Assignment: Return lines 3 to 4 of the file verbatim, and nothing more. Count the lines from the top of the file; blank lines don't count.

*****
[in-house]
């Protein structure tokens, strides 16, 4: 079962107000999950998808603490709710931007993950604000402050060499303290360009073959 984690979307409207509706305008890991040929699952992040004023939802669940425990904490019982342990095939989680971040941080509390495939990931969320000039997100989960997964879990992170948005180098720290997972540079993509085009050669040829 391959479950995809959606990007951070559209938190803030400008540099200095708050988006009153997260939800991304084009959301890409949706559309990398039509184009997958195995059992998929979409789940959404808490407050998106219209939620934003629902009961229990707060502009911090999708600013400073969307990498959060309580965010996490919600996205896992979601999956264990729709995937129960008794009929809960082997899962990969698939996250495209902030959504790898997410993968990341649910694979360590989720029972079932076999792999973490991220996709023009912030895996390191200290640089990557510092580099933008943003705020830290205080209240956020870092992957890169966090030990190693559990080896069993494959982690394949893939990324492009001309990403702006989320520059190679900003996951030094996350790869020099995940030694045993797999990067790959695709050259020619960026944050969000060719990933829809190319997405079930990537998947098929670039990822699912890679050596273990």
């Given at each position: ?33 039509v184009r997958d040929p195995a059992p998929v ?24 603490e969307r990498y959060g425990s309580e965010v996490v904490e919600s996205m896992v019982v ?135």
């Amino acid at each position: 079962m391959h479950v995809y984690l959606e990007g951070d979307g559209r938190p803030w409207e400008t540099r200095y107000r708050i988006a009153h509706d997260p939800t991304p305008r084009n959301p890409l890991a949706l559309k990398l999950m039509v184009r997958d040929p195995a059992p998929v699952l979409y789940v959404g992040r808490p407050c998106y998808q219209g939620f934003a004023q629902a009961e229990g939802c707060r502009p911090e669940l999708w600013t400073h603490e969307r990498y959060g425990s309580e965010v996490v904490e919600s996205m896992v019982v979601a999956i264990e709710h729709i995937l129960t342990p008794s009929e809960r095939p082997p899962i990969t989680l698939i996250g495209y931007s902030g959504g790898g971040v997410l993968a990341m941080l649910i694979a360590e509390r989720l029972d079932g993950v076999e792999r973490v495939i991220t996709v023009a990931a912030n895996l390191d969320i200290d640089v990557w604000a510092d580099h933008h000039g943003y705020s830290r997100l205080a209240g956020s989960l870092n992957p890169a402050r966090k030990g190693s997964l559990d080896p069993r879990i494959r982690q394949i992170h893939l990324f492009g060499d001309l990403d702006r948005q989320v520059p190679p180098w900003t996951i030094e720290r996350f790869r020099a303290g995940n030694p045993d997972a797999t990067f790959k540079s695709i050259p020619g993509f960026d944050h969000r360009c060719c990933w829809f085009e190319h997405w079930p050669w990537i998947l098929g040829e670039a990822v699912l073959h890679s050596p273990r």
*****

């Given at each position: ?33 039509v184009r997958d040929p195995a059992p998929v ?24 603490e969307r990498y959060g425990s309580e965010v996490v904490e919600s996205m896992v019982v ?135």
């Amino acid at each position: 079962m391959h479950v995809y984690l959606e990007g951070d979307g559209r938190p803030w409207e400008t540099r200095y107000r708050i988006a009153h509706d997260p939800t991304p305008r084009n959301p890409l890991a949706l559309k990398l999950m039509v184009r997958d040929p195995a059992p998929v699952l979409y789940v959404g992040r808490p407050c998106y998808q219209g939620f934003a004023q629902a009961e229990g939802c707060r502009p911090e669940l999708w600013t400073h603490e969307r990498y959060g425990s309580e965010v996490v904490e919600s996205m896992v019982v979601a999956i264990e709710h729709i995937l129960t342990p008794s009929e809960r095939p082997p899962i990969t989680l698939i996250g495209y931007s902030g959504g790898g971040v997410l993968a990341m941080l649910i694979a360590e509390r989720l029972d079932g993950v076999e792999r973490v495939i991220t996709v023009a990931a912030n895996l390191d969320i200290d640089v990557w604000a510092d580099h933008h000039g943003y705020s830290r997100l205080a209240g956020s989960l870092n992957p890169a402050r966090k030990g190693s997964l559990d080896p069993r879990i494959r982690q394949i992170h893939l990324f492009g060499d001309l990403d702006r948005q989320v520059p190679p180098w900003t996951i030094e720290r996350f790869r020099a303290g995940n030694p045993d997972a797999t990067f790959k540079s695709i050259p020619g993509f960026d944050h969000r360009c060719c990933w829809f085009e190319h997405w079930p050669w990537i998947l098929g040829e670039a990822v699912l073959h890679s050596p273990r």